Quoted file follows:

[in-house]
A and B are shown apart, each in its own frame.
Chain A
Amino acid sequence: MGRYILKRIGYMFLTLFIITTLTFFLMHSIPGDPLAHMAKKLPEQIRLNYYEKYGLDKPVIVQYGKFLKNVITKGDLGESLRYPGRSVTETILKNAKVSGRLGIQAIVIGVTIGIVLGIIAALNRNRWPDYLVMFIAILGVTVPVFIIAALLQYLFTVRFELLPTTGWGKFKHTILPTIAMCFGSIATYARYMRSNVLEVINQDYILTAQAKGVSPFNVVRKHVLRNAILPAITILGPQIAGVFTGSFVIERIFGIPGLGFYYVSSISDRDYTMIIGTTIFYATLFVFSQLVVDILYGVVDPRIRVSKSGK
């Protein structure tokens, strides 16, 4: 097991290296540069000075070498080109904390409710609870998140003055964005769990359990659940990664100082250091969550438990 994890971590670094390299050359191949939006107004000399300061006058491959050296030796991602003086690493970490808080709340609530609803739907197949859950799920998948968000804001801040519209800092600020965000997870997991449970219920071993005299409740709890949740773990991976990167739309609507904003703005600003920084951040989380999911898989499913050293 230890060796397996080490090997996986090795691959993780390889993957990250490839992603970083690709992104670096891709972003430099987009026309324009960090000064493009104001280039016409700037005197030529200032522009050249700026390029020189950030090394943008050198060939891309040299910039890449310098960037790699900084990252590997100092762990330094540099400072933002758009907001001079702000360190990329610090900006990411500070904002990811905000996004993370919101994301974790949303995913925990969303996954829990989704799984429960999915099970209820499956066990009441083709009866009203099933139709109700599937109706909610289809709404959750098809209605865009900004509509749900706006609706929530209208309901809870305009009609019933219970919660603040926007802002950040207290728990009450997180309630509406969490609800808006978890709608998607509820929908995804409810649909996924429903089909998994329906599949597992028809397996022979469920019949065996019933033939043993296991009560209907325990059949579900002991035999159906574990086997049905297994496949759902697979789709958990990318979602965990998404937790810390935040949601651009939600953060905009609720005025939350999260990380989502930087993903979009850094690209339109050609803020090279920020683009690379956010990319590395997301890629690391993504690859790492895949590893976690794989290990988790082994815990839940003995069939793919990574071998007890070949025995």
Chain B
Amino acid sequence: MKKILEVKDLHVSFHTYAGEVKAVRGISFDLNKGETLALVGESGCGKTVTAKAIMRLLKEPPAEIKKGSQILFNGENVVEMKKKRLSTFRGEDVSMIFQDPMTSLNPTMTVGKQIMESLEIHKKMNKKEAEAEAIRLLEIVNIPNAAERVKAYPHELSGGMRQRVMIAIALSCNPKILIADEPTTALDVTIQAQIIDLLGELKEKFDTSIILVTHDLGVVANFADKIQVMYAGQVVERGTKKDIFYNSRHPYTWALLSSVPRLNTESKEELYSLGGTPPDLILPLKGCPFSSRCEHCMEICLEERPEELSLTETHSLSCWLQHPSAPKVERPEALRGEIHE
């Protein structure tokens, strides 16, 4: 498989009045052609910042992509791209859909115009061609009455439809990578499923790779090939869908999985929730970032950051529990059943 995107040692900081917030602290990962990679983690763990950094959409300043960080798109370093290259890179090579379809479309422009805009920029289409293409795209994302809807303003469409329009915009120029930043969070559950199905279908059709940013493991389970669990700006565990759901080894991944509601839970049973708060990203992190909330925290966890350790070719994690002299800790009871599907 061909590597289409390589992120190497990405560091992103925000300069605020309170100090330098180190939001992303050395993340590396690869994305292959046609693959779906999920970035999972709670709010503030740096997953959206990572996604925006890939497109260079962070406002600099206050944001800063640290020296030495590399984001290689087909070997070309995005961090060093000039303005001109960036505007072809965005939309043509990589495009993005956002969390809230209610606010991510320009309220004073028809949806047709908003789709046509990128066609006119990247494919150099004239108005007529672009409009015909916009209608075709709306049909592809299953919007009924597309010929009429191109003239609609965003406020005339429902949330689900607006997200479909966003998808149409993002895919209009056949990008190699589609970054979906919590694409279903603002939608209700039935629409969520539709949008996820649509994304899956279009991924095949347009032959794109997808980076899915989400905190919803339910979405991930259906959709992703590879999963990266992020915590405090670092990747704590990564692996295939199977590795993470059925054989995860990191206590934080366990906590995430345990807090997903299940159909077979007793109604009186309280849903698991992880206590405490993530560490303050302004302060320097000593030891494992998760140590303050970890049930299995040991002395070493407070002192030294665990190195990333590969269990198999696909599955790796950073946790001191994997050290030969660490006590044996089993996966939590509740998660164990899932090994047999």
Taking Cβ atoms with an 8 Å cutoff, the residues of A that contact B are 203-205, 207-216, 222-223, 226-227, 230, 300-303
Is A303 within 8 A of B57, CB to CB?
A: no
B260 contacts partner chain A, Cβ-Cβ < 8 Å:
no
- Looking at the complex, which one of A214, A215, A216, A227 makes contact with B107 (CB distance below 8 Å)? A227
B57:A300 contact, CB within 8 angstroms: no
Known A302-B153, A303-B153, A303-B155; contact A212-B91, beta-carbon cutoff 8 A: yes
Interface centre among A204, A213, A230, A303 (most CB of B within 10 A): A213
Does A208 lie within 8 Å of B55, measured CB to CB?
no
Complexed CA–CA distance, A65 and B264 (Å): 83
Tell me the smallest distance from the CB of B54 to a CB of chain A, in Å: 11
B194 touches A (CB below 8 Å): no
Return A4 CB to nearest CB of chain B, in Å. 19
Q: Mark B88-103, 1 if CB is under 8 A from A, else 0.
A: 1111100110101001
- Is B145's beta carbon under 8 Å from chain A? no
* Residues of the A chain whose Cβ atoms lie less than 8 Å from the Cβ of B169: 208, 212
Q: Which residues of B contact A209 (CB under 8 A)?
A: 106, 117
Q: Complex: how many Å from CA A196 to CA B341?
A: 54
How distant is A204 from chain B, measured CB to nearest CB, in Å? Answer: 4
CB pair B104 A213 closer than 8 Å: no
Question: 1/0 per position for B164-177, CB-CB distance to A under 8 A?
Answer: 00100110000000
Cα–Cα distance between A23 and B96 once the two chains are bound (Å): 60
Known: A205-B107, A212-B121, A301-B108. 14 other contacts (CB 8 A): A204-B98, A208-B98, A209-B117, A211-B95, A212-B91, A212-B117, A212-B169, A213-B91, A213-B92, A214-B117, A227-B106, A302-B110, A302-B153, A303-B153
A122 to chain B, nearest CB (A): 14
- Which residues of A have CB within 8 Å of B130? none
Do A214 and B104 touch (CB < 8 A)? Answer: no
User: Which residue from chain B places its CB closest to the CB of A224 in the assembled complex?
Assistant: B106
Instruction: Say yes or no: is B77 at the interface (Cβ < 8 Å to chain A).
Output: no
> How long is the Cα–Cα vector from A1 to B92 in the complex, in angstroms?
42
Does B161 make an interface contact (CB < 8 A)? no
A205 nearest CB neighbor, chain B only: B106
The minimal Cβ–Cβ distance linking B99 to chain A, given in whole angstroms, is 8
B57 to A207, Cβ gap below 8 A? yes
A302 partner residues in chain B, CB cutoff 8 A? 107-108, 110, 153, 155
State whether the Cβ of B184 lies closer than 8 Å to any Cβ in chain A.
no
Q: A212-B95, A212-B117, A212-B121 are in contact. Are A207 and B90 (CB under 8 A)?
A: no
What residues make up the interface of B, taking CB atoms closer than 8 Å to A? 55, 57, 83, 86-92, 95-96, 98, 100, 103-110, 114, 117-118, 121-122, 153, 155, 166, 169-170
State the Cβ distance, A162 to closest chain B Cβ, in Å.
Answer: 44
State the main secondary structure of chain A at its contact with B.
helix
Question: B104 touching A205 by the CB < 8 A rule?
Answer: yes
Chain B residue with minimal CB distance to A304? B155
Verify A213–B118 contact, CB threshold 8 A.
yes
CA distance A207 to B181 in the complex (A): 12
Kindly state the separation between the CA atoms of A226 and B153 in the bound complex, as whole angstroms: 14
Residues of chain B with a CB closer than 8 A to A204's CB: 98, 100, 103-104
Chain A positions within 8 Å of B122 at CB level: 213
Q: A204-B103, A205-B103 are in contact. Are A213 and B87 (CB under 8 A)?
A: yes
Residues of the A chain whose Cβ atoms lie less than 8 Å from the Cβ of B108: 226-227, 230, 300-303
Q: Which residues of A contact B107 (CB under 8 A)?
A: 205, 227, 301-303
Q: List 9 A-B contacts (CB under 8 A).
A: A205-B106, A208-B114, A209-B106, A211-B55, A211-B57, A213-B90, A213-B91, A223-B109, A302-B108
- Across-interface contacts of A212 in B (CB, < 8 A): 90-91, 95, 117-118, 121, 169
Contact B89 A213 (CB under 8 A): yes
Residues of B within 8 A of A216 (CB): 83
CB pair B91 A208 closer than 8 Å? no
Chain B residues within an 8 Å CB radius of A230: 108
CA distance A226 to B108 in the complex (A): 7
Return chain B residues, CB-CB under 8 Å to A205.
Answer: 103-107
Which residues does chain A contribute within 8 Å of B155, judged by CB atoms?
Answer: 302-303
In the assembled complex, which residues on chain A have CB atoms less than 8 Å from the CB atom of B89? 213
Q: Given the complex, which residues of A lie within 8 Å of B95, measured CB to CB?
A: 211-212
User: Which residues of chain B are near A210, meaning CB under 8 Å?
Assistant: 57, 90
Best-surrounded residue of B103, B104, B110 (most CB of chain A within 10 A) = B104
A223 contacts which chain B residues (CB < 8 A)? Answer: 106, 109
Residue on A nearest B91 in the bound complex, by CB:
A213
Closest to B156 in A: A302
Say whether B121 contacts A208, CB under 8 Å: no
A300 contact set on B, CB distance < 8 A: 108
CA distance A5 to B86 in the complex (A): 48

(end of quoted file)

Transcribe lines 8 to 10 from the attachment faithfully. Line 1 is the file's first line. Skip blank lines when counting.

């Protein structure tokens, strides 16, 4: 498989009045052609910042992509791209859909115009061609009455439809990578499923790779090939869908999985929730970032950051529990059943 995107040692900081917030602290990962990679983690763990950094959409300043960080798109370093290259890179090579379809479309422009805009920029289409293409795209994302809807303003469409329009915009120029930043969070559950199905279908059709940013493991389970669990700006565990759901080894991944509601839970049973708060990203992190909330925290966890350790070719994690002299800790009871599907 061909590597289409390589992120190497990405560091992103925000300069605020309170100090330098180190939001992303050395993340590396690869994305292959046609693959779906999920970035999972709670709010503030740096997953959206990572996604925006890939497109260079962070406002600099206050944001800063640290020296030495590399984001290689087909070997070309995005961090060093000039303005001109960036505007072809965005939309043509990589495009993005956002969390809230209610606010991510320009309220004073028809949806047709908003789709046509990128066609006119990247494919150099004239108005007529672009409009015909916009209608075709709306049909592809299953919007009924597309010929009429191109003239609609965003406020005339429902949330689900607006997200479909966003998808149409993002895919209009056949990008190699589609970054979906919590694409279903603002939608209700039935629409969520539709949008996820649509994304899956279009991924095949347009032959794109997808980076899915989400905190919803339910979405991930259906959709992703590879999963990266992020915590405090670092990747704590990564692996295939199977590795993470059925054989995860990191206590934080366990906590995430345990807090997903299940159909077979007793109604009186309280849903698991992880206590405490993530560490303050302004302060320097000593030891494992998760140590303050970890049930299995040991002395070493407070002192030294665990190195990333590969269990198999696909599955790796950073946790001191994997050290030969660490006590044996089993996966939590509740998660164990899932090994047999």
Taking Cβ atoms with an 8 Å cutoff, the residues of A that contact B are 203-205, 207-216, 222-223, 226-227, 230, 300-303
Is A303 within 8 A of B57, CB to CB?